Before we start figuring out how to make those connections it is important to set up a baseline. We have to know how much fertility is required and where it is required before we can start taking advantage of the nutrient values of different wastes. Creating a circular economy requires knowing who has what and who needs what. That is the first challenge. The next step is making the connection between the two.
Some of the recent literature on the topic is helpful in understanding the nutrient accounting. All of the papers I’ve read estimate balances for nitrogen (N), phosphorus (P) and potassium (K). The ones from Europe also consider carbon (C). One group did this type of accounting for the Okanagan, an area in interior British Columbia (Harder et al., 2021). The authors surveyed what was grown in the region, the nutrient requirements for the crops, the nutrients in the crops and where they were eaten. They examined what was eaten in the region and where it came from. Finally, they looked at the leftovers including agricultural wastes, animal manures, municipal biosolids, and food scraps. All of this data were used to develop a heat map, plotting where the nutrients were and where they were needed. For this region, there is enough N and P to be self-sufficient. There is even excess N that could be used outside of the region to compensate for a portion of the N in foodstuffs that is brought into the region. Except for the inability to grow coffee beans or cacao in the area, they are in good shape.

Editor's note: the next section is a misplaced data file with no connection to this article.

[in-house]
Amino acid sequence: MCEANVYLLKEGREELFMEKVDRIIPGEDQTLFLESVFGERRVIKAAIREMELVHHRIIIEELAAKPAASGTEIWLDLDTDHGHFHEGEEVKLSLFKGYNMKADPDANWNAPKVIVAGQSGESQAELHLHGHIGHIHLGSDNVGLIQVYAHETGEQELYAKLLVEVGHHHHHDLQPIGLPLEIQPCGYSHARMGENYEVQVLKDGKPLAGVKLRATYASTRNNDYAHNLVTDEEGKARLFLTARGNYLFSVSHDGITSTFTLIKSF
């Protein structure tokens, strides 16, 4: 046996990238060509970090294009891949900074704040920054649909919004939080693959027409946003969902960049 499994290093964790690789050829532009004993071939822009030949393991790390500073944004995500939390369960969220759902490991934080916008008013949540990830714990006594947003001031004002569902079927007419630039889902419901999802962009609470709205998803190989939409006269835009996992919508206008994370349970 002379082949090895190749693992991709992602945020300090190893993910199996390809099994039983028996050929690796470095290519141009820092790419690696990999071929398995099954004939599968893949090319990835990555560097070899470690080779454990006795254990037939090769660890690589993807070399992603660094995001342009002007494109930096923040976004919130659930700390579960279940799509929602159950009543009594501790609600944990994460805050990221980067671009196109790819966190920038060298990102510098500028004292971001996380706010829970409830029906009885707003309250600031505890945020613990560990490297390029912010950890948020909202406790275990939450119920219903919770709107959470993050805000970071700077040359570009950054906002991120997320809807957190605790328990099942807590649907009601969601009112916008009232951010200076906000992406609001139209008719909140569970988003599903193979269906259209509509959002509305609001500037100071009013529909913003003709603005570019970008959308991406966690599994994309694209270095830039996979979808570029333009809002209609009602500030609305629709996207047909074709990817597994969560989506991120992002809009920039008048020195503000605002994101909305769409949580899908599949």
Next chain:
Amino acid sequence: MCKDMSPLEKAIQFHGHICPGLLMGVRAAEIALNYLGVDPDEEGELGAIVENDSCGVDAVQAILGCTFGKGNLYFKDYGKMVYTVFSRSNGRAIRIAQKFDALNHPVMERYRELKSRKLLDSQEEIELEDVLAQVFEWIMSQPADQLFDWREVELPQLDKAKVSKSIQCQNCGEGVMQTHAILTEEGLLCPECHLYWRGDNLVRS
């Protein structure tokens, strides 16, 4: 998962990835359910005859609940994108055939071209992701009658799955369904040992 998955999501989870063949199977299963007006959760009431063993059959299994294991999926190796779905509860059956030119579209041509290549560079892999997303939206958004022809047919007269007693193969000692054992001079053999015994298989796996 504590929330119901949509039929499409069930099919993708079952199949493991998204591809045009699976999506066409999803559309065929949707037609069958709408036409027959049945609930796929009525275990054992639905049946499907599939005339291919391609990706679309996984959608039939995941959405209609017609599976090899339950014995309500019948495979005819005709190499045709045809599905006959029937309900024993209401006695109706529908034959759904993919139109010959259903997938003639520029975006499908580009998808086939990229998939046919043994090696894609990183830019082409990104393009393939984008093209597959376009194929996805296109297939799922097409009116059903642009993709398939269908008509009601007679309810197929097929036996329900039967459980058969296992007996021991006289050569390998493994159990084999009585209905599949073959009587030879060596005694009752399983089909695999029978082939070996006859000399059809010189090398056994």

Another study looked at a region in France, outside of Paris (Moinard et al., 2021). Here C was considered as one of the resources. The authors interviewed farmers about what they did and why. They noted that anaerobic digestion of green waste (which includes food scraps) was coming on line and would help to rectify some of the wasting of nutrients in the region. The study found that the region was doing pretty well for P and K but not for N. One solution proposed was urine diversion. The European studies that I’ve read on this topic tend to be suspicious of centralized wastewater treatment and are big advocates of urine separation and recovery. In addition to the typical laundry list of concerns they note that wastewater treatment results in the loss of about 75% of the incoming N and almost 100% of the incoming K (Wielemaker et al., 2018).
The final paper I’ll talk about here does a calculation to see if the urban residuals (food scraps and human excreta) are sufficient to meet the nutrient demands of vegetables grown in gardens in Rotterdam. The authors estimate that there is enough fertilizer in these different residuals to treat 2,360 hectares (5,832 acres) and that growing enough vegetables for this city of 620,000 would require only about 1,000 hectares (2,470 acres). In other words, Rotterdam would have more than enough nutrients for its kale, lettuce, beans and tomatoes with enough left to grow a portion of their own wheat or raise food for their chickens. I am not sure where you would find 2,360 hectares in Rotterdam, but that is the job for the city planners.
These papers are not for the faint of heart. There are tons of assumptions. The diagrams look like examples of arrows and boxes gone crazy. But they give you a foundation for a new mindset. The basic goal, however, is simple. Use what you have before you get more. Simple on paper, simple as a concept but how many of us still buy new before checking the closet?
Sally Brown, BioCycle Senior Adviser, is a Research Professor at the University of Washington in the College of the Environment.